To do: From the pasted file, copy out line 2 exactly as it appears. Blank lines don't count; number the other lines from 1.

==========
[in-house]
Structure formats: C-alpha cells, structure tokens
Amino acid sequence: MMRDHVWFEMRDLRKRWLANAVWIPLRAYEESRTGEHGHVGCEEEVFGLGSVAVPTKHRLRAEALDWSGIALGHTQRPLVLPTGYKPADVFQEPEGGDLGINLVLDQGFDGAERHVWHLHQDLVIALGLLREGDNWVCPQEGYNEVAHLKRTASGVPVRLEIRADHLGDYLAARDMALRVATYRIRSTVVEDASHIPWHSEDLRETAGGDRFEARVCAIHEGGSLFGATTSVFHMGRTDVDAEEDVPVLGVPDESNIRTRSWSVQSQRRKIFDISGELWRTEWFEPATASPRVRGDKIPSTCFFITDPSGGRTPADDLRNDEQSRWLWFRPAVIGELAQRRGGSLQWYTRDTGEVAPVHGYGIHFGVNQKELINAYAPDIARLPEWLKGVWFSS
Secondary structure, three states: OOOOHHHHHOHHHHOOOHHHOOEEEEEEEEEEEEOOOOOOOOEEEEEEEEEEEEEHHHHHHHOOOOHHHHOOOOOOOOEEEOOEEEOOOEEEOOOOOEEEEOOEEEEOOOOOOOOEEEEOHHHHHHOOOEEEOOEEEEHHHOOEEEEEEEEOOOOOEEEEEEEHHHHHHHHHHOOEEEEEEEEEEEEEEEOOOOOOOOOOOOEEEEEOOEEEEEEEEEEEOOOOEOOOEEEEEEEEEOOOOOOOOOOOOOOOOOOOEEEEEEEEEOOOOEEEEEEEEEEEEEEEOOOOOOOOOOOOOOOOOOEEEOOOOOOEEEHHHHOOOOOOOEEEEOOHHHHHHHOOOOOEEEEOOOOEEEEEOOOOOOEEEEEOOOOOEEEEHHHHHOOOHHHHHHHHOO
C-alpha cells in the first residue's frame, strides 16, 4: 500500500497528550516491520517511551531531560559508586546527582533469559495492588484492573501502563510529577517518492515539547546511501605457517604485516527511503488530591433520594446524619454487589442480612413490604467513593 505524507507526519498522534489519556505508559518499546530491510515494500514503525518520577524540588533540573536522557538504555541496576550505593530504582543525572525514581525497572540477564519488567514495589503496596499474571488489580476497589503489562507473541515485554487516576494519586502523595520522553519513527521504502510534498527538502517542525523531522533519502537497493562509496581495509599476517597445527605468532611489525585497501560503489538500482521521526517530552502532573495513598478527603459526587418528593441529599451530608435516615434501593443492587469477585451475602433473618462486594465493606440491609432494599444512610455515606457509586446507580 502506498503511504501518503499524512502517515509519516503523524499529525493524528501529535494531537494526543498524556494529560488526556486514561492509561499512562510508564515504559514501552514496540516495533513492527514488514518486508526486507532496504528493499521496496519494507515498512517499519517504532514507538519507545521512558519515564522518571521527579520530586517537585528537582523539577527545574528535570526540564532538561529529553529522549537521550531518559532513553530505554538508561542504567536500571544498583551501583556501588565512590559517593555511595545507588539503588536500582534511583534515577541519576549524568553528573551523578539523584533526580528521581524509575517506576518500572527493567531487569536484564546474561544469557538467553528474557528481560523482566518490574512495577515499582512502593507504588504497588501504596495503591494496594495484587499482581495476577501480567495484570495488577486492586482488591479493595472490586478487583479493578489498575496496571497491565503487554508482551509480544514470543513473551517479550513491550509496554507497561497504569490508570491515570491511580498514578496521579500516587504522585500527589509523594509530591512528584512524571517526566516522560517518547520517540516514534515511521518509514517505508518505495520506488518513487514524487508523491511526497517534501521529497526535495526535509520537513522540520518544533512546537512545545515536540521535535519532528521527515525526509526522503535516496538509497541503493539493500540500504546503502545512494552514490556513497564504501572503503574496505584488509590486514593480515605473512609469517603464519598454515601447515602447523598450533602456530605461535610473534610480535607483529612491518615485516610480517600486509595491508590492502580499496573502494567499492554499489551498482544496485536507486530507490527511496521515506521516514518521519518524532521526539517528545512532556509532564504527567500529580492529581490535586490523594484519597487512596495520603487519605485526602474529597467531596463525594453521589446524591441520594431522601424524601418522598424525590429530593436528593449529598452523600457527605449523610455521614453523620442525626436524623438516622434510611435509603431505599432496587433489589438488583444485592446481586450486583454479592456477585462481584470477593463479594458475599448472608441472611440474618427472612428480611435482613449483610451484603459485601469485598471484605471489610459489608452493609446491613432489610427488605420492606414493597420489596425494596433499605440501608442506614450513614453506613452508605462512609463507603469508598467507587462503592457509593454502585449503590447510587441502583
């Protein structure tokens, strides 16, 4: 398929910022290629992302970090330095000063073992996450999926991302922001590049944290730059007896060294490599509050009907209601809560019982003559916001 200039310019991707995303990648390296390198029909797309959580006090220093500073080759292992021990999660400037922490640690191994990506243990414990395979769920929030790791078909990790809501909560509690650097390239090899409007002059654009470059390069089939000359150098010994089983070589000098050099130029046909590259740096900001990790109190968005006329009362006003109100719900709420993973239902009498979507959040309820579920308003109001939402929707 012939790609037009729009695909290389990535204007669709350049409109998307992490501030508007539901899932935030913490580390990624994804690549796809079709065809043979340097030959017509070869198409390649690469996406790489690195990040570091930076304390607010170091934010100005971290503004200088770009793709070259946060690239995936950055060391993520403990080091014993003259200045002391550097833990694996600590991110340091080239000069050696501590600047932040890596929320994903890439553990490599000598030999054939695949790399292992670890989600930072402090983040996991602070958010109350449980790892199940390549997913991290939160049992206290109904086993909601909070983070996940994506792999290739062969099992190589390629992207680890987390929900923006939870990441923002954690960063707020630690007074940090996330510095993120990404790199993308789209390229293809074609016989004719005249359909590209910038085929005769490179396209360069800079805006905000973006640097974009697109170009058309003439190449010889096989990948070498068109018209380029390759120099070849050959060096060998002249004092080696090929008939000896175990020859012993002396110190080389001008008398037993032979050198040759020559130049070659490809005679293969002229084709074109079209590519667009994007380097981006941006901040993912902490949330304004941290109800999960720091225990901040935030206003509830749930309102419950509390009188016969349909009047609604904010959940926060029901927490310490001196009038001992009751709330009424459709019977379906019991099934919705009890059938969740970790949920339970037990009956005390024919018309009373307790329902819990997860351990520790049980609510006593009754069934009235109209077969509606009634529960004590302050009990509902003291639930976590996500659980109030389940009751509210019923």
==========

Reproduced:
Structure formats: C-alpha cells, structure tokens